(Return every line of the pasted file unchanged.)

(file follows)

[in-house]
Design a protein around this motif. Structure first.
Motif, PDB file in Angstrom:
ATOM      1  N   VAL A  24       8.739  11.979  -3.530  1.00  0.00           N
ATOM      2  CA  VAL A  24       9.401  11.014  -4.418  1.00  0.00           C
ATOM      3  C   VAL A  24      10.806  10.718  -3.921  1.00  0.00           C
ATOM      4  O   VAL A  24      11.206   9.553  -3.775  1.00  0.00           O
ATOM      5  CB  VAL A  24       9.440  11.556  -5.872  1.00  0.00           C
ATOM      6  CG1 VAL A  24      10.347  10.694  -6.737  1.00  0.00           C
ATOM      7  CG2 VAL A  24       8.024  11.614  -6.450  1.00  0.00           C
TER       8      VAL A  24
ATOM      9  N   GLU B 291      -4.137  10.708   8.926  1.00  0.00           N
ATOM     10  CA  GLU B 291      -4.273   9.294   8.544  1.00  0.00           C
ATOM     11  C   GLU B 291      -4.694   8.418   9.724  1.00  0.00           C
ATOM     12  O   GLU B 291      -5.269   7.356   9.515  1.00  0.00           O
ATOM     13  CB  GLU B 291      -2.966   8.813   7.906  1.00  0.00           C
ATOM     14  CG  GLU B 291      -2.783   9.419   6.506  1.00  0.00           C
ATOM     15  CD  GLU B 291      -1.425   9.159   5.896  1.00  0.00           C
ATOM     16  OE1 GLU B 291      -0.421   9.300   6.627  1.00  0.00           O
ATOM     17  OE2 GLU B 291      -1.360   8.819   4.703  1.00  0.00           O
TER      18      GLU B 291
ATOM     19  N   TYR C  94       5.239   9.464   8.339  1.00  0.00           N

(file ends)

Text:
[in-house]
Design a protein around this motif. Structure first.
Motif, PDB file in Angstrom:
ATOM      1  N   VAL A  24       8.739  11.979  -3.530  1.00  0.00           N
ATOM      2  CA  VAL A  24       9.401  11.014  -4.418  1.00  0.00           C
ATOM      3  C   VAL A  24      10.806  10.718  -3.921  1.00  0.00           C
ATOM      4  O   VAL A  24      11.206   9.553  -3.775  1.00  0.00           O
ATOM      5  CB  VAL A  24       9.440  11.556  -5.872  1.00  0.00           C
ATOM      6  CG1 VAL A  24      10.347  10.694  -6.737  1.00  0.00           C
ATOM      7  CG2 VAL A  24       8.024  11.614  -6.450  1.00  0.00           C
TER       8      VAL A  24
ATOM      9  N   GLU B 291      -4.137  10.708   8.926  1.00  0.00           N
ATOM     10  CA  GLU B 291      -4.273   9.294   8.544  1.00  0.00           C
ATOM     11  C   GLU B 291      -4.694   8.418   9.724  1.00  0.00           C
ATOM     12  O   GLU B 291      -5.269   7.356   9.515  1.00  0.00           O
ATOM     13  CB  GLU B 291      -2.966   8.813   7.906  1.00  0.00           C
ATOM     14  CG  GLU B 291      -2.783   9.419   6.506  1.00  0.00           C
ATOM     15  CD  GLU B 291      -1.425   9.159   5.896  1.00  0.00           C
ATOM     16  OE1 GLU B 291      -0.421   9.300   6.627  1.00  0.00           O
ATOM     17  OE2 GLU B 291      -1.360   8.819   4.703  1.00  0.00           O
TER      18      GLU B 291
ATOM     19  N   TYR C  94       5.239   9.464   8.339  1.00  0.00           N